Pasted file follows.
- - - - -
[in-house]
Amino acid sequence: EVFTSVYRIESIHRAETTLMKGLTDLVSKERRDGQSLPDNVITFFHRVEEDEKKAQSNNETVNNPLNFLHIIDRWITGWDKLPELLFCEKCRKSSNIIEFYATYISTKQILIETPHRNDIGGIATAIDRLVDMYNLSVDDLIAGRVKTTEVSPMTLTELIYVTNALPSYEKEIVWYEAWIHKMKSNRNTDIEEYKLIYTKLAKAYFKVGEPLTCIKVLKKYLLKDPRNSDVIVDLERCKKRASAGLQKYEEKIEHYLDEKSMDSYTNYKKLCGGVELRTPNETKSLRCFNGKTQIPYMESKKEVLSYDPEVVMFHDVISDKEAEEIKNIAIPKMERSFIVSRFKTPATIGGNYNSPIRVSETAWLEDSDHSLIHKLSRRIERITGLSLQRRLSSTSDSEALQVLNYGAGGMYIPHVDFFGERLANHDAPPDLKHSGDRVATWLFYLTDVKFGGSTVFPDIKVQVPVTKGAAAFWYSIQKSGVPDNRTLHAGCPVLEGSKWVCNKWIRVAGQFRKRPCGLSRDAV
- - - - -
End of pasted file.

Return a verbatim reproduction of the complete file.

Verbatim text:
[in-house]
Amino acid sequence: EVFTSVYRIESIHRAETTLMKGLTDLVSKERRDGQSLPDNVITFFHRVEEDEKKAQSNNETVNNPLNFLHIIDRWITGWDKLPELLFCEKCRKSSNIIEFYATYISTKQILIETPHRNDIGGIATAIDRLVDMYNLSVDDLIAGRVKTTEVSPMTLTELIYVTNALPSYEKEIVWYEAWIHKMKSNRNTDIEEYKLIYTKLAKAYFKVGEPLTCIKVLKKYLLKDPRNSDVIVDLERCKKRASAGLQKYEEKIEHYLDEKSMDSYTNYKKLCGGVELRTPNETKSLRCFNGKTQIPYMESKKEVLSYDPEVVMFHDVISDKEAEEIKNIAIPKMERSFIVSRFKTPATIGGNYNSPIRVSETAWLEDSDHSLIHKLSRRIERITGLSLQRRLSSTSDSEALQVLNYGAGGMYIPHVDFFGERLANHDAPPDLKHSGDRVATWLFYLTDVKFGGSTVFPDIKVQVPVTKGAAAFWYSIQKSGVPDNRTLHAGCPVLEGSKWVCNKWIRVAGQFRKRPCGLSRDAV